Become a Member

Get access to more than 30 brands, premium video, exclusive content, events, mapping, and more.

Already have an account? Sign In

Become a Member

Get access to more than 30 brands, premium video, exclusive content, events, mapping, and more.

Already have an account? Sign In



JB's Go Big or Go Bigger: The mountain biker teaching Joe Dombrowski all he knows

Joe Dombrowski got best young rider jerseys from several major pro road stage races... under the guidance of mountain biker Jeremiah Bishop

Don't miss a moment from Paris-Roubaix and Unbound Gravel, to the Giro d’Italia, Tour de France, Vuelta a España, and everything in between when you join Outside+.

I guess it’s not too outlandish a thought that an accomplished mountain bike racer is coaching a rising star of road racing. Ok, maybe it’s a little different.

Here is a little background. Joe Dombrowski and I first met at a mountain bike clinic I put on at the Greenbrier Challenge in Maryland. He and his Dad were looking for something to do, and for them riding with me was a good way to see some good lines and get a few tips. A year later I got a message from a local racer, saying, “hey you have to ride with this kid, he’s flying!” So, as I have done many times with other budding talents, I took him on an easy spin, thinking I might give him some pointers.

Needless to say that was the last time I rode my mountain bike on a road ride with Joe Dombrowski! He was indeed a natural climber — a little choppy in his pedaling but full of energy and not afraid of long rides. We half-wheeled each other to the top of Massanutten Mountain, both smiling from the effort.

For my part, I was just passing on some knowledge, and I had a few state championship road titles and NRC races for background, which was enough to get him started. That was four years ago.

After some dabbling in mountain biking (including the Shenandoah 100) and fair bit of cyclocross racing, he decided to pursue road racing, partly because there are more job opportunities. So I started giving him some training advice, and he took it seriously. He got faster and stronger with every workout, and so I kept advising. Our relationship is a bit more like training partners and friends that enjoy some serious over-the-top training rides while chatting about global politics, economics and training science.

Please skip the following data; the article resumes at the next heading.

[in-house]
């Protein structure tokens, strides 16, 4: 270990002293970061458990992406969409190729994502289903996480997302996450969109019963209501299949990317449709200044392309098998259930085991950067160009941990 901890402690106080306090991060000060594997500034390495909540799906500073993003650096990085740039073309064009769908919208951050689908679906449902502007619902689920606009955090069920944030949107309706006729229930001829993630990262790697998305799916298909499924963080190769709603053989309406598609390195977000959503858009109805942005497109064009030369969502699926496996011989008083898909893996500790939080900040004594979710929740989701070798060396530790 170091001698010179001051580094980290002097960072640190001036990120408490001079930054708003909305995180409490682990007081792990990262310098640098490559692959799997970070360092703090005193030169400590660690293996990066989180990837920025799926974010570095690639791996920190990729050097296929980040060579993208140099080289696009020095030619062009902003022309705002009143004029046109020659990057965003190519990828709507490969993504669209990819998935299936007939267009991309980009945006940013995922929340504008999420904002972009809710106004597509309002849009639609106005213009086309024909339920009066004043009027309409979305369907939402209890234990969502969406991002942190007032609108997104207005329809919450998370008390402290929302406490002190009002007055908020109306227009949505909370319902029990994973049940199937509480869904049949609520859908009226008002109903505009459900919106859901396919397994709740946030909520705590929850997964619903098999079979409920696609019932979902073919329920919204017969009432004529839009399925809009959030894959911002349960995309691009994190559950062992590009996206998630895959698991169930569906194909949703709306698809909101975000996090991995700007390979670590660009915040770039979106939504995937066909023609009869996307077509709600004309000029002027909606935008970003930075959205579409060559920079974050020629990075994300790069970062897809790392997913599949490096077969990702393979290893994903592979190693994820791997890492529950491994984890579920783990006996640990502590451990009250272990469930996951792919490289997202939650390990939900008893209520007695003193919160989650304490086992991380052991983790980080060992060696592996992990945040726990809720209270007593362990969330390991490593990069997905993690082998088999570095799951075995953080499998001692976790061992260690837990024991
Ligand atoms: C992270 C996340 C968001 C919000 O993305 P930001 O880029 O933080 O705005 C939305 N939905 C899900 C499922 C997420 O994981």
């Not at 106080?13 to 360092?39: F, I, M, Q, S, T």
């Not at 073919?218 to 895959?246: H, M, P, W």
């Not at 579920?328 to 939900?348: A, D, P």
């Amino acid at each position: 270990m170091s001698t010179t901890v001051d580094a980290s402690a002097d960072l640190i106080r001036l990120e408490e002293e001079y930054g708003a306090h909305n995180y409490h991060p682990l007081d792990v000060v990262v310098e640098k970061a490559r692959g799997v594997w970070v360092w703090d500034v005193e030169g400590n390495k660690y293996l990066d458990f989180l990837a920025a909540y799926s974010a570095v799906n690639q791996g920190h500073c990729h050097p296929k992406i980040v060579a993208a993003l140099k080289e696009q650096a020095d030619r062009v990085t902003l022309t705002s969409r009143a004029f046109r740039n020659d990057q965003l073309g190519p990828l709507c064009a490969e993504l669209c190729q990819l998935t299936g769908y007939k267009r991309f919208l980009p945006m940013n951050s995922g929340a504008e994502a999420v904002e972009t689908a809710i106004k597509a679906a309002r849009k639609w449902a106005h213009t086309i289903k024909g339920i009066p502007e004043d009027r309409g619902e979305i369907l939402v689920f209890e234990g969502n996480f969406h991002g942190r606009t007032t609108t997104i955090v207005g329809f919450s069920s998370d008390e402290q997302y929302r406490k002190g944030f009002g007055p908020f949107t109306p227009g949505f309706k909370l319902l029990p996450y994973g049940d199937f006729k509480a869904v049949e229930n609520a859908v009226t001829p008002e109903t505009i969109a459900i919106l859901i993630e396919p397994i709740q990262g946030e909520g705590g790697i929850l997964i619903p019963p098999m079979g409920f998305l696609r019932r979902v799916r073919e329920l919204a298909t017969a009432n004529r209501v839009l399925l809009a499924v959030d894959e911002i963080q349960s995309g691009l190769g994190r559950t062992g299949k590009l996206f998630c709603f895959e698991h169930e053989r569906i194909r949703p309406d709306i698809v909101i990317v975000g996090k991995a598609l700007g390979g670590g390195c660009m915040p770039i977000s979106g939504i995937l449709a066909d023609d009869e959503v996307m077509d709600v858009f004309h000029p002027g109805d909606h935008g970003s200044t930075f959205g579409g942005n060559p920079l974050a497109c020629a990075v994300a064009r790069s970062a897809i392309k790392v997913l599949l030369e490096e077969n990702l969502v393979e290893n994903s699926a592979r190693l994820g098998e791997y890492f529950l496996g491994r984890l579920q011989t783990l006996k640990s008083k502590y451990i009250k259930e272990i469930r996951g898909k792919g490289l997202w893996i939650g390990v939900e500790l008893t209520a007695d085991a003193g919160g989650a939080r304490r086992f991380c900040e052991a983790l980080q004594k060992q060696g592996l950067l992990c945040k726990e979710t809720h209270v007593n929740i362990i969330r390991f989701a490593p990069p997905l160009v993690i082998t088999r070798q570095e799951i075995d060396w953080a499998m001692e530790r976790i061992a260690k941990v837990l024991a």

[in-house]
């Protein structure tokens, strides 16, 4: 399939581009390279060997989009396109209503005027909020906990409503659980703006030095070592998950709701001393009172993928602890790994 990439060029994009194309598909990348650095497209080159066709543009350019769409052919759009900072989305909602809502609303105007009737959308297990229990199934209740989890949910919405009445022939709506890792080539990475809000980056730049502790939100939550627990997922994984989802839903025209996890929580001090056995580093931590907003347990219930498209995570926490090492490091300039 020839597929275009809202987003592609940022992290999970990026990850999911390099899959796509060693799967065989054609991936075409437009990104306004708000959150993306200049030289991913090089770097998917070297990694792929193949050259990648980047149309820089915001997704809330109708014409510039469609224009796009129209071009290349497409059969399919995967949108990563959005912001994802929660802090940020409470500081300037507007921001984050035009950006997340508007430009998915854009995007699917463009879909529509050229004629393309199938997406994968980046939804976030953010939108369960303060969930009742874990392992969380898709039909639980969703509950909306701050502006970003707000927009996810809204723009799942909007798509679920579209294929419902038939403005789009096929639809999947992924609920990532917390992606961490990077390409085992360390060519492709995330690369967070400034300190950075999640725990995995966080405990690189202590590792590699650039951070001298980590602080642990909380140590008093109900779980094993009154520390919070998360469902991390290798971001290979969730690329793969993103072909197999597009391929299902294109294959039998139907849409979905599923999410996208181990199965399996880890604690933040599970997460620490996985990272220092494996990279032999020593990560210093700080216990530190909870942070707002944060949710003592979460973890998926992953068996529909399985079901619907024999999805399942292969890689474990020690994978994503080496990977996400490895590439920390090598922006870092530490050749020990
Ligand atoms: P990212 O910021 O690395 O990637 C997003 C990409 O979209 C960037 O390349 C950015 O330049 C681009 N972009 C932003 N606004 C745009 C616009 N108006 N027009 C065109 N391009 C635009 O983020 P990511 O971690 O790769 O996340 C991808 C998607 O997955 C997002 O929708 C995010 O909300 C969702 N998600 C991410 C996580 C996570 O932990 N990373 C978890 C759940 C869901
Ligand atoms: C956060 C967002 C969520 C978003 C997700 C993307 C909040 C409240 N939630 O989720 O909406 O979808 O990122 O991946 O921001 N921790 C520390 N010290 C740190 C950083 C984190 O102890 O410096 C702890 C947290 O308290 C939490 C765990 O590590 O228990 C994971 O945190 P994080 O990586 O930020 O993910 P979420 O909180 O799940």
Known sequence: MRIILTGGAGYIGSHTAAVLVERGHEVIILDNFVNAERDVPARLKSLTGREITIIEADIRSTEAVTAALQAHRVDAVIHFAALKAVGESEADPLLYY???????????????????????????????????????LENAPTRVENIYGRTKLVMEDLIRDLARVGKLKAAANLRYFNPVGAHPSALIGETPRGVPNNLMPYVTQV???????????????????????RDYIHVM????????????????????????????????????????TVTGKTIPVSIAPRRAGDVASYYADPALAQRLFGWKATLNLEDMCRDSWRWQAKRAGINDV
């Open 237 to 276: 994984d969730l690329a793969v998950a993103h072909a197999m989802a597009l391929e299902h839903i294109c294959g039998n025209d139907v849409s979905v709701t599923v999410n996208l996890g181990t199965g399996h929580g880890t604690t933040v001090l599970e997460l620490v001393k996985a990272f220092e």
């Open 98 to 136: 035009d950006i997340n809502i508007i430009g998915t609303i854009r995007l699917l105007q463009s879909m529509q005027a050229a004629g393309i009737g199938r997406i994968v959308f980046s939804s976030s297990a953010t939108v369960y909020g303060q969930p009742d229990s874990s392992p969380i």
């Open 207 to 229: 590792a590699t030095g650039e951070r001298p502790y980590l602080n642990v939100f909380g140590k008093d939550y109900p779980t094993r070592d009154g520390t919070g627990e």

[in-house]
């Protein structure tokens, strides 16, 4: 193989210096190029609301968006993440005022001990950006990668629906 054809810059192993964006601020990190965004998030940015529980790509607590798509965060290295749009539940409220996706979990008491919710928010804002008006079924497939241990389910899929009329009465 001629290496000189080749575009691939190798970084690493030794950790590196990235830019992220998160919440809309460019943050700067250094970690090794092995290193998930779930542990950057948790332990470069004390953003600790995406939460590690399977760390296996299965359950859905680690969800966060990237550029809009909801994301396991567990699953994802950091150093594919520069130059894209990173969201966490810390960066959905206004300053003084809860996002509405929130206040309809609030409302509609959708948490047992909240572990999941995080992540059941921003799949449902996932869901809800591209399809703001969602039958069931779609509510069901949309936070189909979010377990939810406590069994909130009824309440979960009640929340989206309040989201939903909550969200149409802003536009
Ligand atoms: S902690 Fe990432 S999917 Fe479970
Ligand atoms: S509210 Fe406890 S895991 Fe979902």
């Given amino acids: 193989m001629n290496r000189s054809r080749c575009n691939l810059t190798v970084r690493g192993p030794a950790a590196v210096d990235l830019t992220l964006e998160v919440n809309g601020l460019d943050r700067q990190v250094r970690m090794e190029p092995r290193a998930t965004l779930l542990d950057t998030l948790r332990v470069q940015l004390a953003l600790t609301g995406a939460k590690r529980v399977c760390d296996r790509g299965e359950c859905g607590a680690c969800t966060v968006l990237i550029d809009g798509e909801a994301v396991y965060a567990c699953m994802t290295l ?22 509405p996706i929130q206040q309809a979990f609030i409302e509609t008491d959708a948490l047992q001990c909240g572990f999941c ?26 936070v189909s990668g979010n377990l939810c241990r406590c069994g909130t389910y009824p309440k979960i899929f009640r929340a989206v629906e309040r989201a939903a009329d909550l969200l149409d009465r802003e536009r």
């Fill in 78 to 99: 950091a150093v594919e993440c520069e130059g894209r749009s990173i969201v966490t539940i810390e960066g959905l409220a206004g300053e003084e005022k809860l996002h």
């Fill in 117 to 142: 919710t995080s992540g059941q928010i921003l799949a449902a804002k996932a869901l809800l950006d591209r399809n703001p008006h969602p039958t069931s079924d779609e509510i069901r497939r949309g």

So, needless to say, he has taken off like a rocket. In 2010 after riding for Haymarket Bikes he started the Tour of Utah as a guest rider with the Axel Merkx Bontrager-Livestrong Squad and got some attention.

In the last year Joe has shocked the peloton as he demolished race after race, but his biggest win was the breakthrough at the amateur Giro d’Italia, often called the Baby Giro.

In the pro ranks, he’s taken the best young rider jerseys at the Amgen Tour of California, the Tour of Utah, the Tour of the Gila. A top-5 finish on Tour of California’s queen stage confirmed his staying power.

Last week was a treat watching him put a scare into some of the best riders in the world in the USA Pro Cycling Challenge by attacking the lead group with Christian Vande Velde, Vicenzo Nibali, Tejay van Garderen and others on the final climb of the race. I’d guess it’s a good sign when Phil Liggett announces your name as the future of the Tour de France.

Perhaps the great experiment of a pro mountain biker coaching an amateur road racer to a quick rise to success is not so random, but the result of an awesome meshing of good friends from different generations that both love to hammer. In my mind the hands-on riding time we have allows me to see exactly what he is doing in training and make more agile adjustments to his riding and training practices. To me its the difference between taking a dance class or looking at a book about dance to become a better dancer or taking an online course.

If you do look at many of the superstars on the road, you’ll see that a lot of them come from an off-road backround. Cadel Evans, Jakob Fuglsang, Fredrik Kessiakoff, Tom Danielson and Peter Sagan even started their careers in mountain biking for the team I race for, Cannondale Factory Racing!